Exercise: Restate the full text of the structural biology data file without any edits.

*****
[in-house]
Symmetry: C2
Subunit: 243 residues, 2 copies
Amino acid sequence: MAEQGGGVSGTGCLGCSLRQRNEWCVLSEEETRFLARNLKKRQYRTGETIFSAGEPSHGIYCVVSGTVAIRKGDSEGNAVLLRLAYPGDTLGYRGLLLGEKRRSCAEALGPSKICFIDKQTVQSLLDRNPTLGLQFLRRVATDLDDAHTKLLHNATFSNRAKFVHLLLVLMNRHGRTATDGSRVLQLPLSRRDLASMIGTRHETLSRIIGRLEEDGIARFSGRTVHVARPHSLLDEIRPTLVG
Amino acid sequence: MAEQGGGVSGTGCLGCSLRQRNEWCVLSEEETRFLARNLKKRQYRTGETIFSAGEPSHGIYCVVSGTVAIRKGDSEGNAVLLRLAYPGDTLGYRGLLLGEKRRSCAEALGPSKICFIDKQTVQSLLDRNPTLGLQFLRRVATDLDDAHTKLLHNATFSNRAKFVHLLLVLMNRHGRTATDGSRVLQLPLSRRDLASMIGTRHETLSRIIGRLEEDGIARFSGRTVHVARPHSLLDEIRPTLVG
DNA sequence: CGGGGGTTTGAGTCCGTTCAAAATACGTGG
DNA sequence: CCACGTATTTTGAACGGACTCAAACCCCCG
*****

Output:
[in-house]
Symmetry: C2
Subunit: 243 residues, 2 copies
Amino acid sequence: MAEQGGGVSGTGCLGCSLRQRNEWCVLSEEETRFLARNLKKRQYRTGETIFSAGEPSHGIYCVVSGTVAIRKGDSEGNAVLLRLAYPGDTLGYRGLLLGEKRRSCAEALGPSKICFIDKQTVQSLLDRNPTLGLQFLRRVATDLDDAHTKLLHNATFSNRAKFVHLLLVLMNRHGRTATDGSRVLQLPLSRRDLASMIGTRHETLSRIIGRLEEDGIARFSGRTVHVARPHSLLDEIRPTLVG
Amino acid sequence: MAEQGGGVSGTGCLGCSLRQRNEWCVLSEEETRFLARNLKKRQYRTGETIFSAGEPSHGIYCVVSGTVAIRKGDSEGNAVLLRLAYPGDTLGYRGLLLGEKRRSCAEALGPSKICFIDKQTVQSLLDRNPTLGLQFLRRVATDLDDAHTKLLHNATFSNRAKFVHLLLVLMNRHGRTATDGSRVLQLPLSRRDLASMIGTRHETLSRIIGRLEEDGIARFSGRTVHVARPHSLLDEIRPTLVG
DNA sequence: CGGGGGTTTGAGTCCGTTCAAAATACGTGG
DNA sequence: CCACGTATTTTGAACGGACTCAAACCCCCG